When Our Children Struggle

The house was quiet, the kids all at school. Sitting at the table, head in hands, I was frozen in worry for my son. Caught in the midst of some struggle, he felt hard to reach, distant. We always worked hard to maintain good communication with our kids. We tried to do whatever we could to provide for them a stable home life and a loving family. And now, something felt off, troubling. And all I could think to do was sit and think it all through again and again.

Worry or pray

Throughout the day, I went through the motions. Plan meals. Straighten house. Complete tasks. Worry. I was so wrapped up in hopeless wondering that I was missing from my own day. It is amazing how helpless one can feel as we watch our babies grow up. Pictures of his smiling preschool face ran through my mind. Memories of soccer successes and academic accomplishments contrasted with the pallor of this day. Heavy. Dark. Worrisome. My mantra began, “What can I do? What can I do? What can I do?” Worry and prayer take the same energy but worry displaces God from the situation.

Lay down the burden

Yet I know that "The Lord has established his throne in the heavens, and his kingdom rules over all" (Psalm 103:19). At the end of the day, alone in the car, I did the only thing I knew to do. I prayed. I cried out, aloud even, to our God who loves him best. I felt suddenly compelled to lay before God the worries about my boy. I repeated my prayer, again and again, and affirmed what I know to be true. This child, this one that I love so much, this one is not mine. While I have been entrusted with him, the truth is that he belongs, “body and soul, to his faithful Savior, Jesus Christ.”

Recognize the identity

Our children don't belong to us, they are God's. And I know that the love that Jesus feels for my son is far greater than any love I will ever be able to give. He wants good for him. He can take all struggles and turn them around into something that will build God’s Kingdom. This child, with eyes that look just like mine, is a child of the King. And when I find the strength to lift my head up from my hands, I can see that worry will do nothing at all. My weak and whispered prayer holds far more power than any amount of worry ever will.

Set the example

Our families need us to lead prayerfully. They need us to trust God to see us through this day and the next. They need less holding tight and more letting go as we set our beloved children at the feet of Christ. The best example that we can set is being connected to God abiding in him.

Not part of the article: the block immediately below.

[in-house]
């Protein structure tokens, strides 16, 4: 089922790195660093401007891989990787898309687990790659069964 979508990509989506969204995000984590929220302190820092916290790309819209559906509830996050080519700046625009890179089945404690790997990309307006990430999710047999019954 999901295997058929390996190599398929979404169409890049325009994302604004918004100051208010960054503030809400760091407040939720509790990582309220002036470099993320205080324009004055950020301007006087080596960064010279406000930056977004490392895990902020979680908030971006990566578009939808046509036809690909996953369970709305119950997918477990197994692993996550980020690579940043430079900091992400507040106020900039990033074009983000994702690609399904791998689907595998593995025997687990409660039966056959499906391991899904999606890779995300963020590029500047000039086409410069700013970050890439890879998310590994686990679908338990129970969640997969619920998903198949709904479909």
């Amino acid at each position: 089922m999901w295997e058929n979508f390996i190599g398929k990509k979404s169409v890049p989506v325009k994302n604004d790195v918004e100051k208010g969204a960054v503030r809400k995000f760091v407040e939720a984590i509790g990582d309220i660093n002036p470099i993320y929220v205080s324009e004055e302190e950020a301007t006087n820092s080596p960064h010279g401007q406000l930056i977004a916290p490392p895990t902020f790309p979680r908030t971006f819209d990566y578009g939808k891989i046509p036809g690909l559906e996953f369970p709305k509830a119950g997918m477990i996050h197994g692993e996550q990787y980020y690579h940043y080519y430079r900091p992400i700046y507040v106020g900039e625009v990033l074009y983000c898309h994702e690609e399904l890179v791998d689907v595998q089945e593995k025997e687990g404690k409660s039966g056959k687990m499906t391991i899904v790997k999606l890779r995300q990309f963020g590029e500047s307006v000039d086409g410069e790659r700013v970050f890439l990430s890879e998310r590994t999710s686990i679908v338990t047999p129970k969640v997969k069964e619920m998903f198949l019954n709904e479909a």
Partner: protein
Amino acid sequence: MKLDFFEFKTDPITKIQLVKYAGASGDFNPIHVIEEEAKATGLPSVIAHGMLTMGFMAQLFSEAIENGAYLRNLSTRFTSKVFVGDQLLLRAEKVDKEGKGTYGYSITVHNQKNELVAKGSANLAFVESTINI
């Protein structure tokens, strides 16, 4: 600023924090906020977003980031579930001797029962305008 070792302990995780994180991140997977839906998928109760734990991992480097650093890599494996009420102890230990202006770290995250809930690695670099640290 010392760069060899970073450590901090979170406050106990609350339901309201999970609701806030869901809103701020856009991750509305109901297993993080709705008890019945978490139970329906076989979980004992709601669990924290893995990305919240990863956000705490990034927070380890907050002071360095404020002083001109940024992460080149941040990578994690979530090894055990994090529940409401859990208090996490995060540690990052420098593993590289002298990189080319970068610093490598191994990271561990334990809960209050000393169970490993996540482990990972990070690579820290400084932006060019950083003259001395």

John 15:4-5 tells us, " Abide in me, and I in you. As the branch cannot bear fruit by itself, unless it abides in the vine, neither can you, unless you abide in me. I am the vine; you are the branches. Whoever abides in me and I in him, he it is that bears much fruit, for apart from me you can do nothing.

Jesus made prayer a priority by slipping away to quiet places to talk with the Father. If Jesus needed that connection, imagine how much more we need prayer in our lives. Our children will be blessed to hear us pray with them and for them. Jesus modeled for us how we should pray and we can bless our families by following that example and praying for them.

Believe that God is in control

There is no part of our lives that God does not understand, and he will enfold and embrace our children in ways that we will never comprehend. And when they struggle, when they fall, when they wander and wonder and waffle in their faith, our prayers will be heard and answered. We trust that he who began a good work in our children will bring it to completion (Phil 1:6). Our tears will be dried and our cries will be quieted and our children will find their place in the Kingdom here on earth. This truth I hold, I find hope.

About the author — Nadia Swearingen-Friesen

Nadia Swearingen-Friesen is a writer and national speaker with a passion for empowering parents to approach their families with great intentionality and grace.  Nadia and her husband, Mark, are the parents of four children and live in the Chicago area. Nadia also blogs at http://nadiaswearingen-friesen.com/

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